Beaches? Yes. Bars? Yes. Books? Rarely.
Once a year, this city, more famous as a place to party than as a literary Mecca, becomes the destination of choice for the U.S. literati. They descend upon Miami and breathe life into its book fair, where thousands of people browse the stalls, buy books and have the opportunity to hear and meet authors.
Organizers say this year will be an even bigger celebration as they mark the Miami Book Fair International's 25th anniversary from Nov. 9 to Nov. 16. They expect some of the world's most acclaimed writers to attend, including Salman Rushdie, Nathan Englander and Joyce Carol Oates, as well as some locally based talent.
Rushdie's "The Satanic Verses" led to a fatwa, or religious decree, by Iran's Ayatollah Ruhollah Khomeini in 1989 ordering his death. It forced Rushdie to live for years under police protection.
"Of course I don't regret writing it. It seems to me there is nothing wrong with the novel. The novel is fine. The attack on the novel is the problem," he said. "It would be a strange world in which writers were asked to be regretful every time somebody attacks them. I can't imagine my shelf of books without it. ... I think it's as good a book as I have written."
Regarding the recent controversy with Sherry Jones' "The Jewel of Medina," where there were fears the novel about the Prophet Muhammad's child bride might lead to violence and threats, Rushdie said he doesn't think books should be suppressed.
"It's clear that the writer in question, if she'd been afraid, she wouldn't have written the book. It's easy to whip up the fear. That's, I suppose, what happened," he said.
In his latest novel, "The Enchantress of Florence," Rushdie says he wanted to find an interesting way to tell a story of "cultural collision." He had been going to the city of the Medicis since childhood and has returned many times.
"I have been trying now for many years to find stories to tell which talk about cultural collision, contact, conflict ... not just the negative, but the positive aspects of that," Rushdie said.
As far as writing, Rushdie said: "People assume that books, even if they are fictional, are somehow autobiographies in disguise. It just comes from a different place in your head. I find that the reasons that I write books have almost nothing to do with autobiography or at least they do in the most general sense."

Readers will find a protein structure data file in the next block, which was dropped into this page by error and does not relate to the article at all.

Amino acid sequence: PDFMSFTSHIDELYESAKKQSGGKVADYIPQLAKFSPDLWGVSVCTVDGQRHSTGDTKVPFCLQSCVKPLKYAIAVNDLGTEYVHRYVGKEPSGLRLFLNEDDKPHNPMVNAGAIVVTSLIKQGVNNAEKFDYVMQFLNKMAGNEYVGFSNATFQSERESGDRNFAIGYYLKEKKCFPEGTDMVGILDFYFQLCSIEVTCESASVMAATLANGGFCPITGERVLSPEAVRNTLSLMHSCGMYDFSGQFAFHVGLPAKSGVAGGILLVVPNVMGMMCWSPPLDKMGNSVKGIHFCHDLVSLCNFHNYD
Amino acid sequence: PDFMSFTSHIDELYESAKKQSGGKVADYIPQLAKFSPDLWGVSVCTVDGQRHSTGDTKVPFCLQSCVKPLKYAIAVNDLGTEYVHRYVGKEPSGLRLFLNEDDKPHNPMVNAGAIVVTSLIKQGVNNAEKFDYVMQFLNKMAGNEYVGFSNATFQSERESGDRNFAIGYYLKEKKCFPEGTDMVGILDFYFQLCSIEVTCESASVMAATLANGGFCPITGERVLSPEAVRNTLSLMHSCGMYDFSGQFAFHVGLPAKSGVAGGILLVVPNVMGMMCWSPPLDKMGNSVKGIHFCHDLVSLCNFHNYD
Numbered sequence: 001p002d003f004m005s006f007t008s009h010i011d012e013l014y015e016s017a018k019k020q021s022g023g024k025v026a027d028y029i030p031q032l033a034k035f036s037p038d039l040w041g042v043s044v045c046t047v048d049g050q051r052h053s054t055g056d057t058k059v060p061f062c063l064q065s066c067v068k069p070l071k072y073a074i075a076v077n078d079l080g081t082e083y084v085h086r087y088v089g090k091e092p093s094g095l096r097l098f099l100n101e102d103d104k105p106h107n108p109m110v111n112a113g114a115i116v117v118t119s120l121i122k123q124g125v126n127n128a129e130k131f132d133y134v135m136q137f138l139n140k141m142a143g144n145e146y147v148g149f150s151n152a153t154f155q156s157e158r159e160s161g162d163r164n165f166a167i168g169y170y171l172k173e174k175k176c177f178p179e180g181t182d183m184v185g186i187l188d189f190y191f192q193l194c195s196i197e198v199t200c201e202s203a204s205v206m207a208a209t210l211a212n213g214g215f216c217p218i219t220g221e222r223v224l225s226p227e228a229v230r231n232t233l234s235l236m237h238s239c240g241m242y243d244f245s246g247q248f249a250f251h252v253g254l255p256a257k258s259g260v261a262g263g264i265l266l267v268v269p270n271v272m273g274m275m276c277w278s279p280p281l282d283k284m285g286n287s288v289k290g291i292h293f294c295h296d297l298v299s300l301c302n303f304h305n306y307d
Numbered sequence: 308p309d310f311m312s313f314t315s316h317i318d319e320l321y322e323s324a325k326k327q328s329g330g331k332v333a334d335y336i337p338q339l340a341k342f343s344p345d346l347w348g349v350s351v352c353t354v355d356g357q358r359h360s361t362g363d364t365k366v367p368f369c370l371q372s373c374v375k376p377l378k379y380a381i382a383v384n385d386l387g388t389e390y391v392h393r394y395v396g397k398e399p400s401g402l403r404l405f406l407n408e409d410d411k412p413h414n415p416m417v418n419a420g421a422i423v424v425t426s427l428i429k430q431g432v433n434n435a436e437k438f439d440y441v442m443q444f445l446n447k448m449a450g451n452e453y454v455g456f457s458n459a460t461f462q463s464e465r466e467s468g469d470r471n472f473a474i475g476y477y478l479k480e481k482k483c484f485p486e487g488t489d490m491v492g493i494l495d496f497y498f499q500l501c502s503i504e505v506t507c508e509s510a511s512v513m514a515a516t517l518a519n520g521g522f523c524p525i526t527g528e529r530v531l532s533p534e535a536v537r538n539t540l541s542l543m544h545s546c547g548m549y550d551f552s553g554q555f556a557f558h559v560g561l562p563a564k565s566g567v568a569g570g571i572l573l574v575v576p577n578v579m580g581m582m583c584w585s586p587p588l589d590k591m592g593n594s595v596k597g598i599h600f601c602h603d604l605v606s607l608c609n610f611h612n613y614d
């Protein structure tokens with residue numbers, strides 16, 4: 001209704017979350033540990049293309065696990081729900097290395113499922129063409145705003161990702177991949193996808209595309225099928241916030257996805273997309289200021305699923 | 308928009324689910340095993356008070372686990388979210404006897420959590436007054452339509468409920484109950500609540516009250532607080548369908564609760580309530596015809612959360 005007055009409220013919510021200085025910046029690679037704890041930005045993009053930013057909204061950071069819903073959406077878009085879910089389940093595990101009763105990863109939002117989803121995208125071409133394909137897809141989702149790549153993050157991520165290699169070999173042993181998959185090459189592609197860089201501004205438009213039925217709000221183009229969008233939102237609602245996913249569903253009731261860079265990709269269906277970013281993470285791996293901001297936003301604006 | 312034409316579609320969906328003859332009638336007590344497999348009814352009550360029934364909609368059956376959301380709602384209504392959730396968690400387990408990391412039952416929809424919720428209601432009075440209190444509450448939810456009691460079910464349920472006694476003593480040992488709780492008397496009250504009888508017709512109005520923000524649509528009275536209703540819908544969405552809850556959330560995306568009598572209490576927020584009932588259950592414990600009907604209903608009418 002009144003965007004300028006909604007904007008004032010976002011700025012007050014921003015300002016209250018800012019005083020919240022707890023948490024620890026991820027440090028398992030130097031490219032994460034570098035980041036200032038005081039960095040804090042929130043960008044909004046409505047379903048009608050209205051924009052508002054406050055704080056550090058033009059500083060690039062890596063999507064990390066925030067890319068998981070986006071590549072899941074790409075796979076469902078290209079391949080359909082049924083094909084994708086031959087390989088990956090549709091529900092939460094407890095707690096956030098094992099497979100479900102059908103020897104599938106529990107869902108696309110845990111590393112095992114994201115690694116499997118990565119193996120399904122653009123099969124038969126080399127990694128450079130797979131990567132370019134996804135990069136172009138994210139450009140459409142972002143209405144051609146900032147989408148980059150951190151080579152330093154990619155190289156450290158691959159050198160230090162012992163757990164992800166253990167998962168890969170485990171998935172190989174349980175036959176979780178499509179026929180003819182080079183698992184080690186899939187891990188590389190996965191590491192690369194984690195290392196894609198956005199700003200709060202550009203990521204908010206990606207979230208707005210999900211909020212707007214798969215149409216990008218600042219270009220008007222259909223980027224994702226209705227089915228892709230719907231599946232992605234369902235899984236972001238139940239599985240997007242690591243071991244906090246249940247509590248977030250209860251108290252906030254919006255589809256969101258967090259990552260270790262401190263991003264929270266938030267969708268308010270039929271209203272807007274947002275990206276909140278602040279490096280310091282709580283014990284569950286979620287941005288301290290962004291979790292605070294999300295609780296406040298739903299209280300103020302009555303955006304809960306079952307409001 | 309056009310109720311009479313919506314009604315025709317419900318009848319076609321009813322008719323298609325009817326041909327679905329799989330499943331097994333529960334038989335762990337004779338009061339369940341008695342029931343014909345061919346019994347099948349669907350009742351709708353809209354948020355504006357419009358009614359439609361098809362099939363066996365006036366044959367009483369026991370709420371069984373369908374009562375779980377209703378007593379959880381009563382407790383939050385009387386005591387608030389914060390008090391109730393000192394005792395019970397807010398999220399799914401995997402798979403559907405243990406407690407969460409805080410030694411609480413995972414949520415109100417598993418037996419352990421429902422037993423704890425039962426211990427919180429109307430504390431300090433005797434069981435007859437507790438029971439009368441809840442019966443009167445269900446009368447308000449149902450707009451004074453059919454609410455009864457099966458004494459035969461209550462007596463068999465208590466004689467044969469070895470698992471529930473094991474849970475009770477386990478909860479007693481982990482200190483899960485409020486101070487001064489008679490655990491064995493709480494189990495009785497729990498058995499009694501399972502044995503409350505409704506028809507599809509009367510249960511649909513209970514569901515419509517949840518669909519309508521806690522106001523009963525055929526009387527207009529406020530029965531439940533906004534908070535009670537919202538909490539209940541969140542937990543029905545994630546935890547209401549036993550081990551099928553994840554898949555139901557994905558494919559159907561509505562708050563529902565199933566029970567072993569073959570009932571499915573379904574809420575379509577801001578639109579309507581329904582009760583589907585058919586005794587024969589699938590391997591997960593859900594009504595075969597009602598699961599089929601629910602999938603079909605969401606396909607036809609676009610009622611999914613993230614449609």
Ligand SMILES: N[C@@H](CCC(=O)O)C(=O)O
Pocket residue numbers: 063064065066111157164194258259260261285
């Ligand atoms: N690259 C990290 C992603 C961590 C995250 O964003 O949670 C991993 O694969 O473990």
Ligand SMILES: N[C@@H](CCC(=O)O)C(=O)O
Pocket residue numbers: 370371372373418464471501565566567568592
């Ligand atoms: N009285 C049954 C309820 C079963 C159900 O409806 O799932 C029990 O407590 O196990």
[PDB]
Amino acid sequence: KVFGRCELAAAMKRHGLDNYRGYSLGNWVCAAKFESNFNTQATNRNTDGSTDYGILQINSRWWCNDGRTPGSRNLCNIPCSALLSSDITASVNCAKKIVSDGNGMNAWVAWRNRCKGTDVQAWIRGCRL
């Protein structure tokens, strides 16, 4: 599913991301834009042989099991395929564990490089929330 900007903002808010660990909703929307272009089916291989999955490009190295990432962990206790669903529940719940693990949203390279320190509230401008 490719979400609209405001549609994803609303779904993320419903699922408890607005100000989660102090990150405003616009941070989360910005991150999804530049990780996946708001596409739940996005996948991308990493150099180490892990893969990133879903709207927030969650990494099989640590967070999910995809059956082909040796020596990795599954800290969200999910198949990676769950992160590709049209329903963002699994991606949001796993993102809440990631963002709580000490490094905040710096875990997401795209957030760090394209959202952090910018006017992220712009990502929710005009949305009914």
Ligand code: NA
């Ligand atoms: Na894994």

Rushdie says he's pleased to have had longevity as a writer.
"It's nice to know that I am not yet dead," he said. "I find it very odd to be turning into the older generation. ... It's very strange to suddenly have this long life in books. I mean, I like it."
'Illusion of power'
During the fair, Rushdie will share the stage with Nathan Englander, whose latest book, "The Ministry of Special Cases," is set in Buenos Aires.
"I got interested in the story of Buenos Aires. ... I got interested in the way people love their cities," Englander said.
Englander, who was raised in an Orthodox Jewish community, now proclaims himself a "failed atheist." He says he's too superstitious to not believe in God, but that he isn't religious.
Englander lived in Jerusalem for several years. He says he feels that peace in the Middle East is possible, but it also made him see what it means to fight a war at home.
"It's when I became aware that there (are) multiple realties," he said. "I saw what it was to be part of the world. ... We don't feel the war here."
It took him 10 years to write the book.
"It was really all-consuming. It was just my life's work," he said.
He is now working on a translation of the Haggadah, the book that serves as a guide to the Passover Seder.
James W. Hall, who has interwoven South Florida into his 15 novels, said after the book fair was created, Miami became a destination for writers.
"It's a national stage where people meet people that they wouldn't have met otherwise. It's a very unique platform," he said.
Hall is now writing a book about common factors among best-sellers — and good prose isn't one of them, he said. They include: high nonfiction content and a lot of information.
So, what makes him write for 10 to 12 hours a day?
"It becomes a world that you can control, that you can have some say in," he said. "It gives you the illusion of power."
Mitchell Kaplan, the fair's co-founder and owner of the independent bookstores Books & Books, said Miami has become a vibrant literary home to authors and poets.
"I think there is still room for lots of growth. I think Miami will continue to grow and diversify as a literary community," he said.